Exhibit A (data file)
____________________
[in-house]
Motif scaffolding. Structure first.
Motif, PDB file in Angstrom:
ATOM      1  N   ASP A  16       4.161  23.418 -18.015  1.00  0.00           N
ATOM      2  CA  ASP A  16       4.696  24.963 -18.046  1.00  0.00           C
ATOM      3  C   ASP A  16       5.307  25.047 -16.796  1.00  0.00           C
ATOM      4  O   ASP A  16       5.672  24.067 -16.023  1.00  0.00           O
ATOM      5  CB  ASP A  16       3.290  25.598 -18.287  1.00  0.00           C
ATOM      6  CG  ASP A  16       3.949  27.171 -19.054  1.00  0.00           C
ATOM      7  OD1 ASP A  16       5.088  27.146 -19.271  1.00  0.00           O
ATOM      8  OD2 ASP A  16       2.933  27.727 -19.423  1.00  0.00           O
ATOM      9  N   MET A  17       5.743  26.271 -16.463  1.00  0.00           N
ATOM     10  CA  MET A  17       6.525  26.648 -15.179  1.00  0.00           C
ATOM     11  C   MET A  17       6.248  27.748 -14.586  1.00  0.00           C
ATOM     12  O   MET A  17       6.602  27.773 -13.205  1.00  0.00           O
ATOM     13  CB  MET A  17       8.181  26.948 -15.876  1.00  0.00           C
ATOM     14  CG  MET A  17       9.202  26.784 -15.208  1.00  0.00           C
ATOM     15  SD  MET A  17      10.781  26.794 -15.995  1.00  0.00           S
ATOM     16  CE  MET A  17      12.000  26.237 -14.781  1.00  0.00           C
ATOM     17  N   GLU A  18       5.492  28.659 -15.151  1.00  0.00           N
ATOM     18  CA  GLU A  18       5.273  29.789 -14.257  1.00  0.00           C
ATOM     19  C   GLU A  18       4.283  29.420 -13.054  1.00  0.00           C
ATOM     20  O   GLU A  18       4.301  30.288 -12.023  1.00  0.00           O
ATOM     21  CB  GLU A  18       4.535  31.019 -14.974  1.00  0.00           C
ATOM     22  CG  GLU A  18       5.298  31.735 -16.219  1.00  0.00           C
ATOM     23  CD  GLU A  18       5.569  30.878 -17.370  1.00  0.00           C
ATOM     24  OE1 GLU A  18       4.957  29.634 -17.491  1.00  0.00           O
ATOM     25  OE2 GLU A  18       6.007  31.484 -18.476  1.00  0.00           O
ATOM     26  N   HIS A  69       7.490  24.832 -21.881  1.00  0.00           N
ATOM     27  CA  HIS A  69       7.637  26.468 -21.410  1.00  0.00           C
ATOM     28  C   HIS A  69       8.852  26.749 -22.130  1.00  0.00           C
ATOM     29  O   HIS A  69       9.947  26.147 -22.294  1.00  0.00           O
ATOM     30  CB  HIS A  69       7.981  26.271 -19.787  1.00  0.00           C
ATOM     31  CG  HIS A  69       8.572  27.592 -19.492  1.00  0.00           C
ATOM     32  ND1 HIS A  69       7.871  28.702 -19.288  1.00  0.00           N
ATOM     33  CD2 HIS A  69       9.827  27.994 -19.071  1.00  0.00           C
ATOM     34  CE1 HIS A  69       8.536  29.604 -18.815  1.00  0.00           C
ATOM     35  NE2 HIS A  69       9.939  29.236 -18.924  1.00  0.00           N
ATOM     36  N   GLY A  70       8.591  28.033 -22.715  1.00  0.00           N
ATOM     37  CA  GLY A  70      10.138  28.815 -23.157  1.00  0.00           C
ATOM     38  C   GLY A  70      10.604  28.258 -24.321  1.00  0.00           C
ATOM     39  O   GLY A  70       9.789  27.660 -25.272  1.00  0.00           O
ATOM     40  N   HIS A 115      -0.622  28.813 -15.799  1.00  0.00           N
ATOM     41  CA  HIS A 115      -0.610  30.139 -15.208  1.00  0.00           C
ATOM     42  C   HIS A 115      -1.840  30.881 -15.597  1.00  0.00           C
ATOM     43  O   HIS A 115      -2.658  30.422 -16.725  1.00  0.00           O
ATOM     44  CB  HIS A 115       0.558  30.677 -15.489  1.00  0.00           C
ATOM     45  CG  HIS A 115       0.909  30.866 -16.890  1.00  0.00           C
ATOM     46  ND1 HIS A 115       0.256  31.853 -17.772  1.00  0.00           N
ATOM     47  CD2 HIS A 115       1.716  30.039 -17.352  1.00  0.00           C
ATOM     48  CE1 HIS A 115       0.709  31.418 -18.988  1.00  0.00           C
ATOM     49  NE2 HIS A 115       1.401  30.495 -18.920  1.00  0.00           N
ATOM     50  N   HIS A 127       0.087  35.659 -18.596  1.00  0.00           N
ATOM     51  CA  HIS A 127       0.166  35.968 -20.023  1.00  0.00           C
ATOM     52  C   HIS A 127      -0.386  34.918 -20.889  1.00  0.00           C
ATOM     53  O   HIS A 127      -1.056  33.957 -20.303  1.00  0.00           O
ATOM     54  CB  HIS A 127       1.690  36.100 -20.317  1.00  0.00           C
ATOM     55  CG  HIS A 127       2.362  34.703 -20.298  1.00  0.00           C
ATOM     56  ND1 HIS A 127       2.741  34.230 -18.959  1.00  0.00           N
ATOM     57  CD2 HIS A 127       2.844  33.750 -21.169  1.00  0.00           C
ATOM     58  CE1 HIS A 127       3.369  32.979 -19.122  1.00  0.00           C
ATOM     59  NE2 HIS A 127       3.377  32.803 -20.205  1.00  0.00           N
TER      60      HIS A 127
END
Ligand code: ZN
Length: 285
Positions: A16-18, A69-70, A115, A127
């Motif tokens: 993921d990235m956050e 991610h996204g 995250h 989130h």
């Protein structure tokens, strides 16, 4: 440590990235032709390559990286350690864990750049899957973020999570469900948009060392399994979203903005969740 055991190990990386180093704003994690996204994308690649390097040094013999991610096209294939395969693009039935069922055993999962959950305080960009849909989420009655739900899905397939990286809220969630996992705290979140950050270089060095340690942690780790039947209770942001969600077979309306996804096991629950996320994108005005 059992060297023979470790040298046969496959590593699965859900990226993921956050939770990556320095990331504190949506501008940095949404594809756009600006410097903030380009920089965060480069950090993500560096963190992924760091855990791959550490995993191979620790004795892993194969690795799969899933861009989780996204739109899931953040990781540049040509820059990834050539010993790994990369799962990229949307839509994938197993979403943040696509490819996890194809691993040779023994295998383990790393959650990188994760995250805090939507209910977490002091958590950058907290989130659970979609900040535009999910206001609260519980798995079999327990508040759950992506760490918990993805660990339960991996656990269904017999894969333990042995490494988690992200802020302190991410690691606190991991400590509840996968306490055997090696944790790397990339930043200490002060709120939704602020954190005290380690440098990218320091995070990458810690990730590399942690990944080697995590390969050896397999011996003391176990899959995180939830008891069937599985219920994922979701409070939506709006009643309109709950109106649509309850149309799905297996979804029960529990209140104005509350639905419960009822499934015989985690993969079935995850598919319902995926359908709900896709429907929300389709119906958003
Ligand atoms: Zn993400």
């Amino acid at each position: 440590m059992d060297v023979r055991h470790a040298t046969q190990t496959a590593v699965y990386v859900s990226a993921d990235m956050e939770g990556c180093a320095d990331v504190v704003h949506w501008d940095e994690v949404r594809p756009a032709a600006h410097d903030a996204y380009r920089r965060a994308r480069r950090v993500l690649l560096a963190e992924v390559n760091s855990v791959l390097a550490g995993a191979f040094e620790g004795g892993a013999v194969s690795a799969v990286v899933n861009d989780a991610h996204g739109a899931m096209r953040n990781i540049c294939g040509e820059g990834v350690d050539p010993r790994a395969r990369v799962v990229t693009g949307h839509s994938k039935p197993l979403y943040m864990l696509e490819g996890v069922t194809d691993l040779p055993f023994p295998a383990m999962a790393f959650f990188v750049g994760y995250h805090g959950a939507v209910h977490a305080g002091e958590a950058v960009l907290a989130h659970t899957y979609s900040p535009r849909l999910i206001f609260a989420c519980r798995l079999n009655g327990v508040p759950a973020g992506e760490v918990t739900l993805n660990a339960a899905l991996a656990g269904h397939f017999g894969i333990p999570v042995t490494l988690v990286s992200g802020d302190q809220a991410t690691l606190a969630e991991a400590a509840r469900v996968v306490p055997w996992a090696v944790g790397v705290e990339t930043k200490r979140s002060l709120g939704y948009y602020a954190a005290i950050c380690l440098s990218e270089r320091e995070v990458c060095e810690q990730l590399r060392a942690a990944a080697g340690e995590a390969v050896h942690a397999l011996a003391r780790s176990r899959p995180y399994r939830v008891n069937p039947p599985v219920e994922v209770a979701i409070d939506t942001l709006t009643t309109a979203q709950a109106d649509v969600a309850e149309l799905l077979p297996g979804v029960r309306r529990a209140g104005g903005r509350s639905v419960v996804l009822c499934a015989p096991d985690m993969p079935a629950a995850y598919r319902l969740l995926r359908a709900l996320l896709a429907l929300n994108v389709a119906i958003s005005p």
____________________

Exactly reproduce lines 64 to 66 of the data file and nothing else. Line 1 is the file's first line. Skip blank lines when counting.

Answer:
END
Ligand code: ZN
Length: 285